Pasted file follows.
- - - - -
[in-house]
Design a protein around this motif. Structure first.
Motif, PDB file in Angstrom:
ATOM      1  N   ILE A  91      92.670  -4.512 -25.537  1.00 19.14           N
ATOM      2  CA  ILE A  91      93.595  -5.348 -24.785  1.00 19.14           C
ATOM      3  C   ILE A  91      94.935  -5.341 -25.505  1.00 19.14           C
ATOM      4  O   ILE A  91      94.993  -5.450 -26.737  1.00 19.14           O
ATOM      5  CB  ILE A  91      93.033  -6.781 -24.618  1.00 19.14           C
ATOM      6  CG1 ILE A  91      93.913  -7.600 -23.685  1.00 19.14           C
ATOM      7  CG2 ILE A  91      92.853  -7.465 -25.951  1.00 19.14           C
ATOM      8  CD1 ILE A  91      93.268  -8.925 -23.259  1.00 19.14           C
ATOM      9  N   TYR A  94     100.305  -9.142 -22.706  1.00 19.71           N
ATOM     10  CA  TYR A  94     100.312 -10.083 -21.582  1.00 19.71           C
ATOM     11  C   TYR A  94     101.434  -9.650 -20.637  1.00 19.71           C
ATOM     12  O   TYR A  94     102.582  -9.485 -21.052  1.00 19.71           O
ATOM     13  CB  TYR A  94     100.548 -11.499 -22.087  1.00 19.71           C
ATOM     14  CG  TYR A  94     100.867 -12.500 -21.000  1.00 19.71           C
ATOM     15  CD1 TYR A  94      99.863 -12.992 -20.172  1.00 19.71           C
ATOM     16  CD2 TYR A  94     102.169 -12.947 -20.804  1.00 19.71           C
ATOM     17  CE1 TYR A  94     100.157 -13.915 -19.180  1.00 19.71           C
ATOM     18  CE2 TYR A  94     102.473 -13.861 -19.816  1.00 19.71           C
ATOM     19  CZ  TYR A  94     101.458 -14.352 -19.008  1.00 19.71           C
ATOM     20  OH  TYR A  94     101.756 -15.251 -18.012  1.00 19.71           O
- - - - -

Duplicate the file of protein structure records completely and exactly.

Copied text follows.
[in-house]
Design a protein around this motif. Structure first.
Motif, PDB file in Angstrom:
ATOM      1  N   ILE A  91      92.670  -4.512 -25.537  1.00 19.14           N
ATOM      2  CA  ILE A  91      93.595  -5.348 -24.785  1.00 19.14           C
ATOM      3  C   ILE A  91      94.935  -5.341 -25.505  1.00 19.14           C
ATOM      4  O   ILE A  91      94.993  -5.450 -26.737  1.00 19.14           O
ATOM      5  CB  ILE A  91      93.033  -6.781 -24.618  1.00 19.14           C
ATOM      6  CG1 ILE A  91      93.913  -7.600 -23.685  1.00 19.14           C
ATOM      7  CG2 ILE A  91      92.853  -7.465 -25.951  1.00 19.14           C
ATOM      8  CD1 ILE A  91      93.268  -8.925 -23.259  1.00 19.14           C
ATOM      9  N   TYR A  94     100.305  -9.142 -22.706  1.00 19.71           N
ATOM     10  CA  TYR A  94     100.312 -10.083 -21.582  1.00 19.71           C
ATOM     11  C   TYR A  94     101.434  -9.650 -20.637  1.00 19.71           C
ATOM     12  O   TYR A  94     102.582  -9.485 -21.052  1.00 19.71           O
ATOM     13  CB  TYR A  94     100.548 -11.499 -22.087  1.00 19.71           C
ATOM     14  CG  TYR A  94     100.867 -12.500 -21.000  1.00 19.71           C
ATOM     15  CD1 TYR A  94      99.863 -12.992 -20.172  1.00 19.71           C
ATOM     16  CD2 TYR A  94     102.169 -12.947 -20.804  1.00 19.71           C
ATOM     17  CE1 TYR A  94     100.157 -13.915 -19.180  1.00 19.71           C
ATOM     18  CE2 TYR A  94     102.473 -13.861 -19.816  1.00 19.71           C
ATOM     19  CZ  TYR A  94     101.458 -14.352 -19.008  1.00 19.71           C
ATOM     20  OH  TYR A  94     101.756 -15.251 -18.012  1.00 19.71           O